You could write a web portal that generate the wireguard configs on the server and offers the user the client config as a download.

The portal then can hook upto to SAML / OIDC endpoint, use claims / groups / roles to offer specific profile configurations and you treat the keys in the configs as temporary tokens, as you attach an empiry time to the profile such as 8 hours, so your devs need to download a new configuration every day.

I have a portal that does this for openvpn:


The code quality isn't great as it's my hello world golang project, but I think the idea is fairly sound.

I can confirm automatic captive portals work on most wired devices. Those that don't will have to go to http://example.com or similar to be redirected. Word of warning for anyone that implements this: your DNS portal needs to be internal and captive as well.

You maintain pass to? Damn, thanks for your hard work on both!

He's the original author (not just maintainer).

Awesome! Thanks for the hard work! I’ll give this a go and submit a bug report if I find an issue :-)

I couldn’t find the reasoning behind using Go for the “API”, would you mind sharing some thoughts on the subject?

I believe another contributor wrote a Go user-space implementation and Jason decided to build off that for the PC user-space implementations and Android and iOS. So basically, because it was there.

I set up Wireguard with this script [0] and made the jump from OpenVPN earlier this week (using Testflight). Has worked wonderfully throughout (once I added a DNS server to my client config - that one bit me!) and I'm now a convert.

[0] - https://github.com/l-n-s/wireguard-install

Thank you for that link. I tried manually setting up a VPN for my phone. It didn't work. After deleting my old wg0.conf (and adding the DNS to the client) it worked.

You’re so welcome! Thrilled to have saved someone else the debugging time. Enjoy!

just a reminder that for Linux you can use SSH connections to any server as VPN via SSHuttle.

100% simple and easy

Sure, but WireGuard has several other benefits (security-wise and operation-wise to sshuttle). sshuttle is a "poor man's VPN", WireGuard is a next generation VPN.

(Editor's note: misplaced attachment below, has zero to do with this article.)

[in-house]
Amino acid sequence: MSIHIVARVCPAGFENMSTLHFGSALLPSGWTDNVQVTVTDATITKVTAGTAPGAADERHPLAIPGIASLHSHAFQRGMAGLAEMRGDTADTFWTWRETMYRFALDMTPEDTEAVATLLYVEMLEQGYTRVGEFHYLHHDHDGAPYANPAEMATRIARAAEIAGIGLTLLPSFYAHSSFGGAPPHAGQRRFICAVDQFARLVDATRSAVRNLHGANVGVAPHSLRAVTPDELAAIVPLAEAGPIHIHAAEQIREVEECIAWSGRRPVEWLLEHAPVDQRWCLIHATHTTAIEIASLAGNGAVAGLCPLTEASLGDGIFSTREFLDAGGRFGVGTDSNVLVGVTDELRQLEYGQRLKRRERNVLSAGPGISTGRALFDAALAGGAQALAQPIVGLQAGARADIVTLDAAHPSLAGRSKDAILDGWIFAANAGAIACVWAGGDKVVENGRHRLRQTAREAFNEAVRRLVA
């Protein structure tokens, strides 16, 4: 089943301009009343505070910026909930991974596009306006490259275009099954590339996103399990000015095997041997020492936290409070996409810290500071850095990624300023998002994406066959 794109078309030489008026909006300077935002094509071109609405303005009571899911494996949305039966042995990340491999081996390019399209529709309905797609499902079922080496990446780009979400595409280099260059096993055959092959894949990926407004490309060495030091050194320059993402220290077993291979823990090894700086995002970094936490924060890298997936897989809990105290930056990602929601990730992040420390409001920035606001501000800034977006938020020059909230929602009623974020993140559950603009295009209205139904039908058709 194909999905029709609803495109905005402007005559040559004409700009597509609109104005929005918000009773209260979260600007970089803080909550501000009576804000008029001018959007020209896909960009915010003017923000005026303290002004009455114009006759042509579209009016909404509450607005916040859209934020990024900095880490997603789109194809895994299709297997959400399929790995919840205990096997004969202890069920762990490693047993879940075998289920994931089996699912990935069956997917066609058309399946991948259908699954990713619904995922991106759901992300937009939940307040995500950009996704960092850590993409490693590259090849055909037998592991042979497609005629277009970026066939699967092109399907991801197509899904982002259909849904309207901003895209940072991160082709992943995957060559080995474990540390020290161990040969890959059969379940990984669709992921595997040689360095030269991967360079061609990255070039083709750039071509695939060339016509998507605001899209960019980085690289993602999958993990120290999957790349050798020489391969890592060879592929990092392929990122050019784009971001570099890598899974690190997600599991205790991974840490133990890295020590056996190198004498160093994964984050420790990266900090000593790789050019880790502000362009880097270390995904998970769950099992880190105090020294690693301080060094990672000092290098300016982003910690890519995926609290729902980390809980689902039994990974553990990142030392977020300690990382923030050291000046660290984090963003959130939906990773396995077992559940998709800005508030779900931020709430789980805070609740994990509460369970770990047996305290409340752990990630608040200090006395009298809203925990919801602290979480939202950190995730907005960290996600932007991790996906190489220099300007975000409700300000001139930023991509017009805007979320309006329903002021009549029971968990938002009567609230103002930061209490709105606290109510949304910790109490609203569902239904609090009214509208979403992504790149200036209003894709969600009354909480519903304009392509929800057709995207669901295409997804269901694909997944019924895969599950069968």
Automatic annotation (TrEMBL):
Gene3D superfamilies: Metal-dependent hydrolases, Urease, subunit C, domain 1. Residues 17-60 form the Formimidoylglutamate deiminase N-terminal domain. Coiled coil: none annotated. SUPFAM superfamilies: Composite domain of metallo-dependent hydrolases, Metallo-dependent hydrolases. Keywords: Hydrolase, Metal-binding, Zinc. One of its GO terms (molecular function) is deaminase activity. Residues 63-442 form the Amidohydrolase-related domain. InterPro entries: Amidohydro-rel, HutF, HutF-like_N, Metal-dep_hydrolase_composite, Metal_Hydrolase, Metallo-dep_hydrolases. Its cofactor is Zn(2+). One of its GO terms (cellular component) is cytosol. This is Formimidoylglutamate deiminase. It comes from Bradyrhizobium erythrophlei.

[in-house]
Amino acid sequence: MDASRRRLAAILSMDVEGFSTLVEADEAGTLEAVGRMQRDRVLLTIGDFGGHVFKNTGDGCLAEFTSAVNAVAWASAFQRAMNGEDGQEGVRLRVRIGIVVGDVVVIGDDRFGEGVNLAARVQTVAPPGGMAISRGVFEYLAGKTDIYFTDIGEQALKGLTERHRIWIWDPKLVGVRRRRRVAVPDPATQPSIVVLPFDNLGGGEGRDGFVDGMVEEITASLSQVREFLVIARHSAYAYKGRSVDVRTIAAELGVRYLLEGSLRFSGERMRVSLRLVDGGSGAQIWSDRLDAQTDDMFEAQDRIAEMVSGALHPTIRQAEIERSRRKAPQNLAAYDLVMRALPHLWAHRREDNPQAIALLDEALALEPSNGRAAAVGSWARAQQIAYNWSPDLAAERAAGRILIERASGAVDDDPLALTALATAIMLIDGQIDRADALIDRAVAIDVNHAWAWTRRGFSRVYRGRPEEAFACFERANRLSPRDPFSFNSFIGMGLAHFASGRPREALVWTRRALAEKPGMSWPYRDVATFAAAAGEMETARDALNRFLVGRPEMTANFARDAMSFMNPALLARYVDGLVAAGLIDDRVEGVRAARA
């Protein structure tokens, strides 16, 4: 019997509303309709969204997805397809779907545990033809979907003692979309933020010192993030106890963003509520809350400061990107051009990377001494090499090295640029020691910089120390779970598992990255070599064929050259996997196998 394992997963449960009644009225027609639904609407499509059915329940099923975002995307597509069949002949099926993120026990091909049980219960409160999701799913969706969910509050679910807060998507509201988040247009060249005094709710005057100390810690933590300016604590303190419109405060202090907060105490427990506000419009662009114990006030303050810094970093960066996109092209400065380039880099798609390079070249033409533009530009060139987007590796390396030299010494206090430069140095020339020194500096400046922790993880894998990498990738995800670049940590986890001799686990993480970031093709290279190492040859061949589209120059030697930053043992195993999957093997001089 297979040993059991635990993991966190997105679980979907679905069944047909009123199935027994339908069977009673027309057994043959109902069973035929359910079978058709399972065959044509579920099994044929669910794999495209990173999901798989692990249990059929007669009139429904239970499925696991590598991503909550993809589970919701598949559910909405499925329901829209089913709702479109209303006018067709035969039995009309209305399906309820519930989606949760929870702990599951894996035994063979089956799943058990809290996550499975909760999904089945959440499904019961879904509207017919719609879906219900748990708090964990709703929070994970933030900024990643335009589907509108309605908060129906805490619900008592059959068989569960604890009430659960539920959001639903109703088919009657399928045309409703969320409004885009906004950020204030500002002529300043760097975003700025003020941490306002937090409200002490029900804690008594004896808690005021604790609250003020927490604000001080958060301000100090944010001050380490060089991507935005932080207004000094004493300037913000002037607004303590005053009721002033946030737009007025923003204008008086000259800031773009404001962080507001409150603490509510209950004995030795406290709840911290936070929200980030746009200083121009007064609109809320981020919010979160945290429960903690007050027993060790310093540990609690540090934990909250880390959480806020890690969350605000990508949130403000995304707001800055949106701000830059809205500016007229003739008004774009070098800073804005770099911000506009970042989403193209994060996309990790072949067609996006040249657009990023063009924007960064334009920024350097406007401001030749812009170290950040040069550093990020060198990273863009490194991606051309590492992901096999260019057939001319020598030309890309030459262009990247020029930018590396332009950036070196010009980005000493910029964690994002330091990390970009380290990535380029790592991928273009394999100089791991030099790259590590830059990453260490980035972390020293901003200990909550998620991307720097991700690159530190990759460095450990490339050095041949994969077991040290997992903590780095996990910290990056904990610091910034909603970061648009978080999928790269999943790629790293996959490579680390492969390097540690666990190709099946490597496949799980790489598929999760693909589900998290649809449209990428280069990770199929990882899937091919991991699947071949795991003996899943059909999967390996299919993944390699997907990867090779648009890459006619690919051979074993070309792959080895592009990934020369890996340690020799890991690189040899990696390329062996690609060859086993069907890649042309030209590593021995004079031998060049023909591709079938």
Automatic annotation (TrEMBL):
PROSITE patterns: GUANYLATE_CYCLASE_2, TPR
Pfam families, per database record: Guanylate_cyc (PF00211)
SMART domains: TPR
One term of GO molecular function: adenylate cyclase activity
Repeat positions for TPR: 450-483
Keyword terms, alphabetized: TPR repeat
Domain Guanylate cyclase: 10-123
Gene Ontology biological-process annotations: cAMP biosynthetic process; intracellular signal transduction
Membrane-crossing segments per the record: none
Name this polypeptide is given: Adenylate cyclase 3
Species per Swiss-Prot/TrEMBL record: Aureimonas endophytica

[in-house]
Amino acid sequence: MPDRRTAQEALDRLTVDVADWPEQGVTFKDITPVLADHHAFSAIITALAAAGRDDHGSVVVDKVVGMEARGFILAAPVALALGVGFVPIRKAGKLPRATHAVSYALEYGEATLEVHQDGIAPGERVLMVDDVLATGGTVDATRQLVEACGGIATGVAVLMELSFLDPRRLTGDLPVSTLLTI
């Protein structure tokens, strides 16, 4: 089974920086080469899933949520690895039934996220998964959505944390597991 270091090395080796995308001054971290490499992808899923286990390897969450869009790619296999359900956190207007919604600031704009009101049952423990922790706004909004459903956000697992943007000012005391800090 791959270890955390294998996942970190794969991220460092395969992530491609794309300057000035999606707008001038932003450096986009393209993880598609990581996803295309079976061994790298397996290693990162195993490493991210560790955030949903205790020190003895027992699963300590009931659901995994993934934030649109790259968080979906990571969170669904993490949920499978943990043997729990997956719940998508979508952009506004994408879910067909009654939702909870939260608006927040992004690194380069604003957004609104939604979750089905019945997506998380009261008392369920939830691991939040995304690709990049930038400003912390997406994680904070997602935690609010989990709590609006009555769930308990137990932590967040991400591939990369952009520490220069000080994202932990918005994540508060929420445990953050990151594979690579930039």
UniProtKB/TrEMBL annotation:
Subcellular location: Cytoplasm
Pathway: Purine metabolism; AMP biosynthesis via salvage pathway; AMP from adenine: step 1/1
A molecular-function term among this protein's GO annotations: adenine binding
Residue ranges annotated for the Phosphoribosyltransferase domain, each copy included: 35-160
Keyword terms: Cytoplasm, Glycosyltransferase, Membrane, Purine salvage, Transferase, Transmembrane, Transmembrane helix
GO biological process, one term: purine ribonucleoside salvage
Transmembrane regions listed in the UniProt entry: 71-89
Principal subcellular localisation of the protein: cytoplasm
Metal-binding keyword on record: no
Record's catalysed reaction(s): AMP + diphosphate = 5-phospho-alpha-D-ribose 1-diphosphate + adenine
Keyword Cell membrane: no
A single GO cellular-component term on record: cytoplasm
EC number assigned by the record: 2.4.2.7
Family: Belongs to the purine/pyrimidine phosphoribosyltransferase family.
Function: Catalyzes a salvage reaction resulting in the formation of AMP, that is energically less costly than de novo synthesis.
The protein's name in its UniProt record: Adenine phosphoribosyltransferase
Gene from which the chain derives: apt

That’s a nice sound bite but it isn’t really convincing for people that don’t know what wireguard brings. Is there a short comparison article you could point to that highlights the differences?

https://www.wireguard.com/ lists several of the features, and https://lwn.net/Articles/748582/ is an LWN article on WireGuard which lists some of the features.

One of the most obvious features is that you get roaming with WireGuard (like Mosh) which I don't think you can get from sshuttle (it might be technically possible to add, but I don't think it supported it last time I used it). It also allows for management of the VPN interface like a regular interface (so you can set iptables rules and other complicated network setups using it), rather than relying purely on proxying. And you don't need to give people SSH access in order to use it.

One major point over ssh is that: "WireGuard securely encapsulates IP packets over UDP." - so you avoid all the issues of tcp-over-tcp;wireguard is a "real" VPN.

sshuttle doesn't pass TCP over TCP, it does some work on the "local" side before sending it over TCP so it's actually just "data-over-TCP"[1].

[1]: https://sshuttle.readthedocs.io/en/stable/how-it-works.html

But still doesn’t do udp or ip, only let’s you connect out (not in, which is often desirable but still a limitation).

Also, you lose information about where connections originate - to the recipient, it all looks like it came from the sshuttle host.

Cool, I wasn't aware of that. Still ends up doing udp over tcp, though.

Read the homepage: https://www.wireguard.com/

Agreed that sshuttle is probably the easiest VPN I've ever seen, but from my experience its performance leaves a lot to be desired. WG is a little bit more involved to set up, but is extremely high performance.

Poor’s man vpn, not real vpn: only tcp (no udp, Ping etc) and only one way

People using WireGuard: how well does it work in public networks that only have a few select open ports (http/https/openvpn…) ? Does anyone have a workaround (e.g a reverse tcp (+tls/sni?) proxy on port 443?)

Wireguard packets on port 443 looks like malformed QUIC packets. Any firewall that is doing protocol inspection (for L7 policy enforcement) would typically be configured to drop malformed packets. Wireguard would get blocked by such firewalls.

Time to make the suggestion to either actually use QUIC or simulate QUIC?

Proxying on 443 would 100% work, I can say that without trying. The only case that would not work is if the firewall would do any deep packet inspection to see whether the connection setup resembles https. That of course would also be easy to circumvent, but I don't think any firewall would go so far.

Lightspeed Systems' web filter does DPI to determine if the connection setup actually resembles HTTPS.